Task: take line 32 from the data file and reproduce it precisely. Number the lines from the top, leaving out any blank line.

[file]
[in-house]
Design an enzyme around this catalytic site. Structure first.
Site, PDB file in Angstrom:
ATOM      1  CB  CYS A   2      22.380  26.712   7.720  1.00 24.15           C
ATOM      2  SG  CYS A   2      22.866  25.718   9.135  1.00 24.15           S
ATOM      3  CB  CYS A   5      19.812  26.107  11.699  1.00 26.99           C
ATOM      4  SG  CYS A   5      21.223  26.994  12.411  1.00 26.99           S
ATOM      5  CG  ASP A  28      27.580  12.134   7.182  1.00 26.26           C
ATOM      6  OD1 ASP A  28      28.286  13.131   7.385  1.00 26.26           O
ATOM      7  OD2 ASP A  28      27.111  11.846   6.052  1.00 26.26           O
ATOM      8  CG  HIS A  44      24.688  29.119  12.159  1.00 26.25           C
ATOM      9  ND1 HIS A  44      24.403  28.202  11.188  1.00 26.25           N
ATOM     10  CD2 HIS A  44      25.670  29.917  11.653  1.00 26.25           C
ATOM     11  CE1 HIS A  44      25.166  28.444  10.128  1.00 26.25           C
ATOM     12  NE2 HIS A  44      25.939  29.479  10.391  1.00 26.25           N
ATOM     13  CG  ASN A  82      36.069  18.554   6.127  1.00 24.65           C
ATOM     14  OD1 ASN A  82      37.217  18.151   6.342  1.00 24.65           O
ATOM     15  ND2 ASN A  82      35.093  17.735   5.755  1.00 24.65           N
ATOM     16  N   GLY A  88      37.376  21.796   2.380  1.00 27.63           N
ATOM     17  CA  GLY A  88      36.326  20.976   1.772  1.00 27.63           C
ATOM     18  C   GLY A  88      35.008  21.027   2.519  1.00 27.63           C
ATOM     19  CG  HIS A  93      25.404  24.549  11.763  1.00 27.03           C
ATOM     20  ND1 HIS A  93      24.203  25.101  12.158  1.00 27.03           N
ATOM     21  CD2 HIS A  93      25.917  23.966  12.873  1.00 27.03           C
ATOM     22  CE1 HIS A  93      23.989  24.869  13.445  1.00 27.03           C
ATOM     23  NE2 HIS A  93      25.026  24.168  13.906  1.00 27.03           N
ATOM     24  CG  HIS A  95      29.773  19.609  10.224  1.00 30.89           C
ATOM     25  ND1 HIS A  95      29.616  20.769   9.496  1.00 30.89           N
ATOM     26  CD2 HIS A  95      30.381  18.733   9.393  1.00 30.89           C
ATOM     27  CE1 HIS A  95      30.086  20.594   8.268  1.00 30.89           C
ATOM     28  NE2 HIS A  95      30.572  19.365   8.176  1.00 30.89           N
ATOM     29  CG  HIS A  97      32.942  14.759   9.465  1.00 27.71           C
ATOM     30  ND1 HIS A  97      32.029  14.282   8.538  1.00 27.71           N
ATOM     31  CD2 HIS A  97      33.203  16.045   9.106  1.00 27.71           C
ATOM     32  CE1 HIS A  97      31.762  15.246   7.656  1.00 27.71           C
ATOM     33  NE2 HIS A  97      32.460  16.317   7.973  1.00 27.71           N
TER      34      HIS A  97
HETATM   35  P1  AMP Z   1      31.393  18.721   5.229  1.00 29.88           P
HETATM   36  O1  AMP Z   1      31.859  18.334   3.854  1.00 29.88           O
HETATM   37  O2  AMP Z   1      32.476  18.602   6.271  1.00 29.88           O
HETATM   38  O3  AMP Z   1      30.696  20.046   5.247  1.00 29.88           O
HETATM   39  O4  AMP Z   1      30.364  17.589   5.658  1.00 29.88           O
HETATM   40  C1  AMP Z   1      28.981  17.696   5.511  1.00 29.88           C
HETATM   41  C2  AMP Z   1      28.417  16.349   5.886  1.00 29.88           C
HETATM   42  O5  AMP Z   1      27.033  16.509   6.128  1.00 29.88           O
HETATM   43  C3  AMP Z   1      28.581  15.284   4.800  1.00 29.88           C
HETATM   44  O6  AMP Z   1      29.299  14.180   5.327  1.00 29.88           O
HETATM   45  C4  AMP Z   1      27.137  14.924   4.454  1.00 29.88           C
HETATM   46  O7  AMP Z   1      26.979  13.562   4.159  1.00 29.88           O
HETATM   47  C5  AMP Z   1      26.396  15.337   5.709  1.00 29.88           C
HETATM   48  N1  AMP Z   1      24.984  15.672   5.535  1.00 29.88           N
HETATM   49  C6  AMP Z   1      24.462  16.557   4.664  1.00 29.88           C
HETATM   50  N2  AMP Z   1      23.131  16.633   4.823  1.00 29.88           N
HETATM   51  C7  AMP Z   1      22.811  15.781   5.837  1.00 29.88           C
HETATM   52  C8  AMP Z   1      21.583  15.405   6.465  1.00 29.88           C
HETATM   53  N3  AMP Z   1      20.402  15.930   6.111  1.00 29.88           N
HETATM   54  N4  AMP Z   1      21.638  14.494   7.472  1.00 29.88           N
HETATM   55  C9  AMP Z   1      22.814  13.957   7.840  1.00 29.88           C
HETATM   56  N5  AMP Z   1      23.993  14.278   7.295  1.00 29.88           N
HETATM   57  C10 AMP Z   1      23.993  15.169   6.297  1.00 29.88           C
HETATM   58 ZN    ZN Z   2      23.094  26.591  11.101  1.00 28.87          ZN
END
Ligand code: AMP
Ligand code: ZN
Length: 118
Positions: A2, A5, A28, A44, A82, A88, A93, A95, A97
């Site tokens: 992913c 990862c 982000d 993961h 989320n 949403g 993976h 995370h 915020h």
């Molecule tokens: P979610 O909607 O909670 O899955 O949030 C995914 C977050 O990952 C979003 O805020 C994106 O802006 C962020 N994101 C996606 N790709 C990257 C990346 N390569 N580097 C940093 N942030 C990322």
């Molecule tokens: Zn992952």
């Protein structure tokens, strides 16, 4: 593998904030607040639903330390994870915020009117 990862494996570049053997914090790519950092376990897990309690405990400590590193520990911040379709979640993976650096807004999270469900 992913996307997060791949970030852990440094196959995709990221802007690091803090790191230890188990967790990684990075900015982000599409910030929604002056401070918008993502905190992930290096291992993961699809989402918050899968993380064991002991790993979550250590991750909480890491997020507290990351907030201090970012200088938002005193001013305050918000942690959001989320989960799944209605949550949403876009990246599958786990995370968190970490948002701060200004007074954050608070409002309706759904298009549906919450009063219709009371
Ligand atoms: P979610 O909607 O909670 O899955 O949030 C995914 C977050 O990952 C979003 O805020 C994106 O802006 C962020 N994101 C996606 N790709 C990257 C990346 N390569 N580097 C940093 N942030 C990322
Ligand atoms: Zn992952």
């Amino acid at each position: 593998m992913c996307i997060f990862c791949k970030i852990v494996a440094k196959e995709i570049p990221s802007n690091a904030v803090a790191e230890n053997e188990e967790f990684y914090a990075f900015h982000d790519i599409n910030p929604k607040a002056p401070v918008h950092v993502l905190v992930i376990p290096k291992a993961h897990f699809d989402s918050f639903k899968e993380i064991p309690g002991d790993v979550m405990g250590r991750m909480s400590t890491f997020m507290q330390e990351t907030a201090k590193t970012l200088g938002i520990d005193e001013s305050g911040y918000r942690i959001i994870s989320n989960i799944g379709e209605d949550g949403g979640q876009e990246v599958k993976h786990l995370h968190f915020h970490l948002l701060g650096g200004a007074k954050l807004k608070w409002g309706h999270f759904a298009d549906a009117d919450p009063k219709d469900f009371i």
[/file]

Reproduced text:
ATOM     29  CG  HIS A  97      32.942  14.759   9.465  1.00 27.71           C